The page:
Elfrieda - posted on 07/01/2012

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LOL, Erin, you picked a good topic! I'm really enjoying this thread, what with the strong opinions and farm habits/history tangent. Very entertaining. :) I'm out, I already said what I think, but I'm still enjoying the read.

Jodi - posted on 07/01/2012

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"Well, Jodi, I have been on many many farms. Not just my grandparents, they live in Saskatchewan which is a farming province and I lived on farms, every single summer while growing up. Also, like I said my mother and her husband also have a farm and it has been around for 200 years. It was passed down to my mom's husband and his mother stayed home and minded the kids, while the men and boy teens farmed. I know many many farmers here too because Nova Scotia IS a farming (and fishing) province and every single family, I know, the mother stays home and minds the kids. So, what YOUR Grandmother did was so not common. Just saying."

Yeah, I live in a farming community also. My grandparents farm has been handed down through the generations, I also cited several other farms, if you really wanted me to go through the list of every person I know who liveso n a farm and whose farm I have been on...it would be pages. Perhaps it's different in Canada, here in my area, the women buck up and help with the work and both parties raise the kids and the kids help on the farm too. So, what YOUR Grandmother did was so not common. Just saying.

"Yeah, sorry but I call bullshit on the above "bolded" portion of your comment. I highly doubt this. Also, if you have to do this because you want to leave your kids unattended, I think you have to take one too many steps, to leave them alone"

This was in reference to my unplugging appliances. It's nto bullshit, If I'm not using something I unplug it. That's whether the kids are asleep or awake. Since, you know...fires can happen during the daytime too. I was raised with this, it's just what I do.

"This is about our little KIDS! Why would anyone in their right mind be willing to chance their little hearts, minds and souls?"

If you REALLY felt that way, you wouldn't put them in cars for anything other than something absolutely necessary. Like a trip to the hospital for illness. Otherwise...why would you risk it? You are much more likely to get in a car accident than have your house start on fire.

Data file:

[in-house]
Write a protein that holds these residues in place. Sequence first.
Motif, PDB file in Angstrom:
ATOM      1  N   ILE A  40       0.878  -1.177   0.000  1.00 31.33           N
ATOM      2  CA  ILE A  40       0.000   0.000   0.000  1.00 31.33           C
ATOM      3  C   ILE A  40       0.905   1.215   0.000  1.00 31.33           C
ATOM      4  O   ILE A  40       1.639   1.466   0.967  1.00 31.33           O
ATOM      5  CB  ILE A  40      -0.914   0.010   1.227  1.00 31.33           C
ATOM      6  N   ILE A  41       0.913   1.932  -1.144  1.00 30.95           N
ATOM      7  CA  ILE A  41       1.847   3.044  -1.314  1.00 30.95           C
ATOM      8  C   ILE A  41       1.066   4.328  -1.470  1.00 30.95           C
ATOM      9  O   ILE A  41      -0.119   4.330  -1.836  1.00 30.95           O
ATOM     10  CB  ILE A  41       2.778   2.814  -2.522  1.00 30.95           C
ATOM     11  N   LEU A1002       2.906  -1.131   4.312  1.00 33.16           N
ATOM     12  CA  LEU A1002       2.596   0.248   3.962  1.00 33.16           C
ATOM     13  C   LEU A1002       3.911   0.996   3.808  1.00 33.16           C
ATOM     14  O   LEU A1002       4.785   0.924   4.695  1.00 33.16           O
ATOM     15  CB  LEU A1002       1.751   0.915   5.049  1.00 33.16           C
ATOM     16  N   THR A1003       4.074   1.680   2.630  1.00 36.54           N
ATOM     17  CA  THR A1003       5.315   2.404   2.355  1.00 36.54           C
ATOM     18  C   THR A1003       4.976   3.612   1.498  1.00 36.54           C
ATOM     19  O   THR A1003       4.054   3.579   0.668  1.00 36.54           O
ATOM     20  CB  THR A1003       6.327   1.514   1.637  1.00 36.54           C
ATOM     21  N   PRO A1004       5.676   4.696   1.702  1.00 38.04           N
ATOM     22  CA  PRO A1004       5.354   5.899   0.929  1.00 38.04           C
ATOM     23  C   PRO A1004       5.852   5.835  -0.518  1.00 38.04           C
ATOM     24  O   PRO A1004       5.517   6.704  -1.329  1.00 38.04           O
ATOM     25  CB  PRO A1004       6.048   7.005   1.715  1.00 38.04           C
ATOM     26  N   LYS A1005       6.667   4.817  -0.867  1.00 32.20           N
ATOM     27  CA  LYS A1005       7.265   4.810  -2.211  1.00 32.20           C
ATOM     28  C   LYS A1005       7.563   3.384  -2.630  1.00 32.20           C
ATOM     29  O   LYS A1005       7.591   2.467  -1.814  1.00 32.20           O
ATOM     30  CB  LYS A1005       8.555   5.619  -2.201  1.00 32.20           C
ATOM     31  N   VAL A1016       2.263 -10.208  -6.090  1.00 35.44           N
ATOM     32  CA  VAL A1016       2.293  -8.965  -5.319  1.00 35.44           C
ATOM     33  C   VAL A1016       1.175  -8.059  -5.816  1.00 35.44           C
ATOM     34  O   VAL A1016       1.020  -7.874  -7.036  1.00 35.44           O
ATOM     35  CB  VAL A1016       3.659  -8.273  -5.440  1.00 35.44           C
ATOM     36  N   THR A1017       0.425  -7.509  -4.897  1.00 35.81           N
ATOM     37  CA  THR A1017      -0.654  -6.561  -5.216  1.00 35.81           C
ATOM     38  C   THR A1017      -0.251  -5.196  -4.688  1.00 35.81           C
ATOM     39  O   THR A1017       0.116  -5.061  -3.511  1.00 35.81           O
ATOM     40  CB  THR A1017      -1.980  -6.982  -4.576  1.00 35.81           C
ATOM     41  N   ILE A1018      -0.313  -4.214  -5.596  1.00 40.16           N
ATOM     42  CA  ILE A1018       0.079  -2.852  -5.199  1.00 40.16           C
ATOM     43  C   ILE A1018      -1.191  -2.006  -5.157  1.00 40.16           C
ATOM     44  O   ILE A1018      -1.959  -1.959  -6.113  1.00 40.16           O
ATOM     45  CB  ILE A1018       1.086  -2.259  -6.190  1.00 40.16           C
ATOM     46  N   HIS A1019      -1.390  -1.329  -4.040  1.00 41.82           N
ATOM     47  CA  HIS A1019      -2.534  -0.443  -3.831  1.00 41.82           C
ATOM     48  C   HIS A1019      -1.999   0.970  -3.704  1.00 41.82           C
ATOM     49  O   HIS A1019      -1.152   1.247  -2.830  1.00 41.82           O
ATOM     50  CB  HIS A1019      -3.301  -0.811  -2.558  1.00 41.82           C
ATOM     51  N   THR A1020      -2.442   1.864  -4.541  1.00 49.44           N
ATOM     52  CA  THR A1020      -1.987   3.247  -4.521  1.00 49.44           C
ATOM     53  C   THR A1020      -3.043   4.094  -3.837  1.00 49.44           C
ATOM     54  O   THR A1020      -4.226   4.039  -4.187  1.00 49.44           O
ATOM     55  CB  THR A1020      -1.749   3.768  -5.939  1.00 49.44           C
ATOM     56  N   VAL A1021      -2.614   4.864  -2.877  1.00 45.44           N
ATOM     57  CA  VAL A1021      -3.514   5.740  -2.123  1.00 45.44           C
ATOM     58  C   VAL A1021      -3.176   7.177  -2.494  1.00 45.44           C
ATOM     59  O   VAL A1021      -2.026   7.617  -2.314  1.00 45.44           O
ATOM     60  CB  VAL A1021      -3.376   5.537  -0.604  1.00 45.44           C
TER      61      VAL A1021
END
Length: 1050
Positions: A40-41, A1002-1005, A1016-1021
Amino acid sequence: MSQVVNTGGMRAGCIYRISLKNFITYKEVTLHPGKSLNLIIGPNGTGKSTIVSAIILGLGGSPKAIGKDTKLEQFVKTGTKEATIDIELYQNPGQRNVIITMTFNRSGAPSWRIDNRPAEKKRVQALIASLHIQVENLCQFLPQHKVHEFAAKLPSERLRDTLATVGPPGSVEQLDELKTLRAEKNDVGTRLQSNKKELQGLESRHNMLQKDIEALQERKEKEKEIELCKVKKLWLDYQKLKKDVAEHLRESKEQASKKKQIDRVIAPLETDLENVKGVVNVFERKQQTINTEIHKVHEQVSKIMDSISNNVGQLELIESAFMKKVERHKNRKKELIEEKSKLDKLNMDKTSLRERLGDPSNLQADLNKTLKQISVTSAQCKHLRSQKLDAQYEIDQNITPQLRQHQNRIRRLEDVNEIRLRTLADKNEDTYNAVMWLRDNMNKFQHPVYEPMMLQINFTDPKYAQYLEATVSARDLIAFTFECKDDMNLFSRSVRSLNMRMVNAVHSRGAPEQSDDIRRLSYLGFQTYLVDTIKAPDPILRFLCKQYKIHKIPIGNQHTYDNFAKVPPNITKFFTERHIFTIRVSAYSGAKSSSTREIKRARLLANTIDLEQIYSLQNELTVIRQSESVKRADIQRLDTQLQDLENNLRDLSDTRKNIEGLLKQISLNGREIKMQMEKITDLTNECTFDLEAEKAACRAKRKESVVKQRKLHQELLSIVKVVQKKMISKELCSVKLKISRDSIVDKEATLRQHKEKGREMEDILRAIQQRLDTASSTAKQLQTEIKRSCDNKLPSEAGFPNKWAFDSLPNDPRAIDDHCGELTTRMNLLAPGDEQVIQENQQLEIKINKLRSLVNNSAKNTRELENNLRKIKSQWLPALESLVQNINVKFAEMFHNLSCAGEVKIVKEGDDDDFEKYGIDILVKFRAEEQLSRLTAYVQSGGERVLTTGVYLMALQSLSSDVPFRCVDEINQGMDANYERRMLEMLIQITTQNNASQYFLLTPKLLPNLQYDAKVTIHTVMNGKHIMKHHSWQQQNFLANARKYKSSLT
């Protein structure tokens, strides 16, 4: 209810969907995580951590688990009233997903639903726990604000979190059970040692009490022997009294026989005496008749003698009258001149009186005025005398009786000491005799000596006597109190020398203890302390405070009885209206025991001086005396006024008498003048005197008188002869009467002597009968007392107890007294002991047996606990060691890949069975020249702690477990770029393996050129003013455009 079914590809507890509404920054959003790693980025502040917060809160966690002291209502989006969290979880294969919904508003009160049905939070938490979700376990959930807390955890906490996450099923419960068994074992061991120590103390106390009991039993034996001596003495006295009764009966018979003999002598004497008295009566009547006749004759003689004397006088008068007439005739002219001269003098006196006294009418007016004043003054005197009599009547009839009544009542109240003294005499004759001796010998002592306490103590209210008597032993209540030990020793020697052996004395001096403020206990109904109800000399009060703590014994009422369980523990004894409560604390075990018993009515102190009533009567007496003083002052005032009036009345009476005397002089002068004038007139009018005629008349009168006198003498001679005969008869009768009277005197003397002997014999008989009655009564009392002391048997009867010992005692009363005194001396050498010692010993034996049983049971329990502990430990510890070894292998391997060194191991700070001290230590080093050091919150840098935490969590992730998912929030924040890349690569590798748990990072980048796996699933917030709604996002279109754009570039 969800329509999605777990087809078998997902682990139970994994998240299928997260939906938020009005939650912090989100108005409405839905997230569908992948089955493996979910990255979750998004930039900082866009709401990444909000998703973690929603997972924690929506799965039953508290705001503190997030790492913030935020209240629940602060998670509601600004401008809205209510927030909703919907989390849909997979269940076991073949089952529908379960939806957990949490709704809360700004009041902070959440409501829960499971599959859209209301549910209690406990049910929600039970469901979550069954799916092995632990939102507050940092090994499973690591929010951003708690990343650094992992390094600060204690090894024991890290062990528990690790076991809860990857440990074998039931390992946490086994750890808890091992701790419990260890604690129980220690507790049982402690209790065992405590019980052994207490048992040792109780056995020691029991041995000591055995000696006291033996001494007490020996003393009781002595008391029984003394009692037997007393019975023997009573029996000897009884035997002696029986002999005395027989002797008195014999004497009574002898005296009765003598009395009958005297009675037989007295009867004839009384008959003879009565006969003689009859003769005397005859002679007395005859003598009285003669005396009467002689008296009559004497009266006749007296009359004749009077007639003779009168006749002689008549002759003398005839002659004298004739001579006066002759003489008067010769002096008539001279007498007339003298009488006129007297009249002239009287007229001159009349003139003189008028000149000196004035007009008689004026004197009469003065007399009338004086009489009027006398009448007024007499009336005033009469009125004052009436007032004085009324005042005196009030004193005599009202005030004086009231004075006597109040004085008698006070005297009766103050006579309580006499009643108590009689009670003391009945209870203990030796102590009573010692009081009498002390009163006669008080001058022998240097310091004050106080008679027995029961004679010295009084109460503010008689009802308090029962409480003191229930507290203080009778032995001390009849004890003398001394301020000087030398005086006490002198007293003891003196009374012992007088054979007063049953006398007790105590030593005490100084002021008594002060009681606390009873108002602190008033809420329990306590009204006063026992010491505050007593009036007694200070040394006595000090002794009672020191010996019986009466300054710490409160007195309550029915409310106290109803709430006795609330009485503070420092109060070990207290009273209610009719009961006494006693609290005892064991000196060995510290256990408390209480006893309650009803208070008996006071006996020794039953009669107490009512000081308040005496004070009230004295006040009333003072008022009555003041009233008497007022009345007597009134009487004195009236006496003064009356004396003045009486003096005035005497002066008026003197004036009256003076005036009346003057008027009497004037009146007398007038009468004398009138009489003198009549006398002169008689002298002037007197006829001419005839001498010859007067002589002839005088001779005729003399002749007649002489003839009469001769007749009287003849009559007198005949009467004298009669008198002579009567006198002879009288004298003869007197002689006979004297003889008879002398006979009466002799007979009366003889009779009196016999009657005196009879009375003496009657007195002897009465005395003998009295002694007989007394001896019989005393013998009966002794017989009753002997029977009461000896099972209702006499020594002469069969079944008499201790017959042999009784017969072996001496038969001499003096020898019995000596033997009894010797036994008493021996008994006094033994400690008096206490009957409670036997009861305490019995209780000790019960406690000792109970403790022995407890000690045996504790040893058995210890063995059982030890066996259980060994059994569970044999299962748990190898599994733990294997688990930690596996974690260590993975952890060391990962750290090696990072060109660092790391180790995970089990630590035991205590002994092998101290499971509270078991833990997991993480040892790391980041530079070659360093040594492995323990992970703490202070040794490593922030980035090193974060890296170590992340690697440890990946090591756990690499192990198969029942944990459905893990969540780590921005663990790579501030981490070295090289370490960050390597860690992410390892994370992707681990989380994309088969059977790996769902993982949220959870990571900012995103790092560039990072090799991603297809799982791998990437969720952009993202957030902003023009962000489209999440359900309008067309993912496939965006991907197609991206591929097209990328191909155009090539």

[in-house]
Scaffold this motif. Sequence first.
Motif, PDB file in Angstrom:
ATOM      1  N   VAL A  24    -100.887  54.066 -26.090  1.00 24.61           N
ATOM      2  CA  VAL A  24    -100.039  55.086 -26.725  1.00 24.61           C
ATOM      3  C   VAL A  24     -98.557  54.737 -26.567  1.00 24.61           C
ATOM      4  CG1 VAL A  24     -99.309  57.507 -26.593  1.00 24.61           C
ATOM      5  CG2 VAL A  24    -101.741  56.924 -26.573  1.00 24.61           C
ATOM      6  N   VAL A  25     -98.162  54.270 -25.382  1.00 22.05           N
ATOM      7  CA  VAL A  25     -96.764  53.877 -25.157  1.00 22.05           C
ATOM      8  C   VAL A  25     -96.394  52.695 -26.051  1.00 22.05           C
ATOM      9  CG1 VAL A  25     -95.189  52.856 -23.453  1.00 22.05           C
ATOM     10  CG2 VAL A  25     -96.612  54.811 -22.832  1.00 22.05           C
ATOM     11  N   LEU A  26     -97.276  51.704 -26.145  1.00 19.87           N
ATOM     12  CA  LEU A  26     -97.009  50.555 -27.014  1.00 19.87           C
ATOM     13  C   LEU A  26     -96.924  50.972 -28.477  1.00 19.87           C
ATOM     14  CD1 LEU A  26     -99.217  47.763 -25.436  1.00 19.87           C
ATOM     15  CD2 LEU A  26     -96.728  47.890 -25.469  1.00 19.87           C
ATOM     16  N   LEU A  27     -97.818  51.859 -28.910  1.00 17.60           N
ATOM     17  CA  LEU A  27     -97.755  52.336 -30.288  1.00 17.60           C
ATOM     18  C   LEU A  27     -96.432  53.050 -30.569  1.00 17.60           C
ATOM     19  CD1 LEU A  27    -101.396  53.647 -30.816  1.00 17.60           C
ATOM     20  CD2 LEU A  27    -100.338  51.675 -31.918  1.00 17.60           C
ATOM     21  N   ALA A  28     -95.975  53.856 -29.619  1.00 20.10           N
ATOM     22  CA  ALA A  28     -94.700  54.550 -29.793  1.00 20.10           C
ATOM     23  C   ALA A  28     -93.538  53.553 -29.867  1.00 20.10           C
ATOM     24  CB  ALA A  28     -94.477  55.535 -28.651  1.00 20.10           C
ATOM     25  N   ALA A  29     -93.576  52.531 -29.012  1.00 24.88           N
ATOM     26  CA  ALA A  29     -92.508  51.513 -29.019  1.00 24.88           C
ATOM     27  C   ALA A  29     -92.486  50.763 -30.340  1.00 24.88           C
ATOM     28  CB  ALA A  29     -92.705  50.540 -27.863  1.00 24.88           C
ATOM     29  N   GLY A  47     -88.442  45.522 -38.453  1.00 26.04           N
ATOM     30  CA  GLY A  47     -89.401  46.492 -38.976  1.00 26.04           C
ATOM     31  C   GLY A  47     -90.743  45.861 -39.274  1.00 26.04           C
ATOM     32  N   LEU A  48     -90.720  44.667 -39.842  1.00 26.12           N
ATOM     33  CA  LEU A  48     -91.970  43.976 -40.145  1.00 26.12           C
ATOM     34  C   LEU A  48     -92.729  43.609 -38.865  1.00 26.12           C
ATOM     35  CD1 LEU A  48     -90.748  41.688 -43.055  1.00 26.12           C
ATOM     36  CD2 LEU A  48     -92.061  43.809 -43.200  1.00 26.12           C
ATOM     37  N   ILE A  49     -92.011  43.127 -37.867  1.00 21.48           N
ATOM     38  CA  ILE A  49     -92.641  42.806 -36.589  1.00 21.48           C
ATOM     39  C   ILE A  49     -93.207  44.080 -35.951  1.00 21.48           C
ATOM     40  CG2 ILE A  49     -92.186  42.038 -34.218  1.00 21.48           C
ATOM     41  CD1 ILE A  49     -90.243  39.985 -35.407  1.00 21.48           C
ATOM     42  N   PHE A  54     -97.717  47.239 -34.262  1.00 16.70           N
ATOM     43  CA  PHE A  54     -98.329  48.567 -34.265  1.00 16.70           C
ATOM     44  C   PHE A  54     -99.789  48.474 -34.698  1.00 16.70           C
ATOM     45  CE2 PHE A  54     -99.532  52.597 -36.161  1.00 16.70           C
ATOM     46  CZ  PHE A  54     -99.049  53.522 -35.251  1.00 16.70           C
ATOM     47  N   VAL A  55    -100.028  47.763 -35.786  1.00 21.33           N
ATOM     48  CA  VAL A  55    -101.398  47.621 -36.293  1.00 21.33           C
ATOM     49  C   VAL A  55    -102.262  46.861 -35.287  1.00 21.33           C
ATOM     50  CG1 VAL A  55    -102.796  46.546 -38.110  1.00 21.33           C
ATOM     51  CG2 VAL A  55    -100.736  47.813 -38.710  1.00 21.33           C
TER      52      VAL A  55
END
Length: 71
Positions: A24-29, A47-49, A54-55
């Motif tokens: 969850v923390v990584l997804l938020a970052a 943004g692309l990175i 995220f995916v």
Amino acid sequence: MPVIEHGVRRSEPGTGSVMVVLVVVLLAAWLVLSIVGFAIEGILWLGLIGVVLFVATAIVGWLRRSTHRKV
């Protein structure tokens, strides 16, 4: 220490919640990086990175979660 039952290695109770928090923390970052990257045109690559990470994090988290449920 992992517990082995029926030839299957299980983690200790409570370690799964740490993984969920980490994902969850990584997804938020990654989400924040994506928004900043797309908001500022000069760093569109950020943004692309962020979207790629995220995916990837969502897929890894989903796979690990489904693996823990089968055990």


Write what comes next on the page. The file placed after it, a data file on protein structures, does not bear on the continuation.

"I fail to see how, just because they are sleeping, anything changes. They could wake, now that means they are awake and on their OWN. "

There are a lot of things I don't do while my kids are awake. Like have sex, watch R rated movies etc etc. So actually, them being asleep DOES change things. Also, my 3 year old is often awake and on her own. If I take the twins outside to play and she wants to play in room , I let her. If we're visiting my parents house, she plays outside on her own often. Heaven forbid our children are awake and on their own for 5 freakin' minutes.

MeMe - Raises Her Hand (-_-) (Mommy Of A Toddler And Teen) - posted on 07/01/2012

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Oh, you have to cross the road to your neighbours backyard to hang out your clothes? Wow, I just hung my clothes out but my line is off of the back of my house. It spans 60' but I don't have to go across the street, to do it. ;)

MeMe - Raises Her Hand (-_-) (Mommy Of A Toddler And Teen) - posted on 07/01/2012

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Some important laws that may apply to your family:

•Children under 12 years of age cannot be left at home alone or care for younger children.




And there it is right there! Nothing about out of sight. It is simply ILLEGAL, altogether.

MeMe - Raises Her Hand (-_-) (Mommy Of A Toddler And Teen) - posted on 07/01/2012

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Jodi---"person charged is absent and the dwelling, building, enclosure, or motor vehicle is out of the sight of the person charged"

And there it is right there....... "out of sight". No-one here has ever suggested out of sight.


Maybe not for you, Jodi. I disagree this is for everyone, here. If you are across the road, you're too damn far, away. You do not know what is occurring in the home.

MeMe - Raises Her Hand (-_-) (Mommy Of A Toddler And Teen) - posted on 07/01/2012

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Most parents understand that it is always wrong to leave an infant or toddler home alone while you go out - even for a quick run to the store.



Apparently, the above is not true, at least not in this thread.



Parents Are Responsible for Supervising Their Children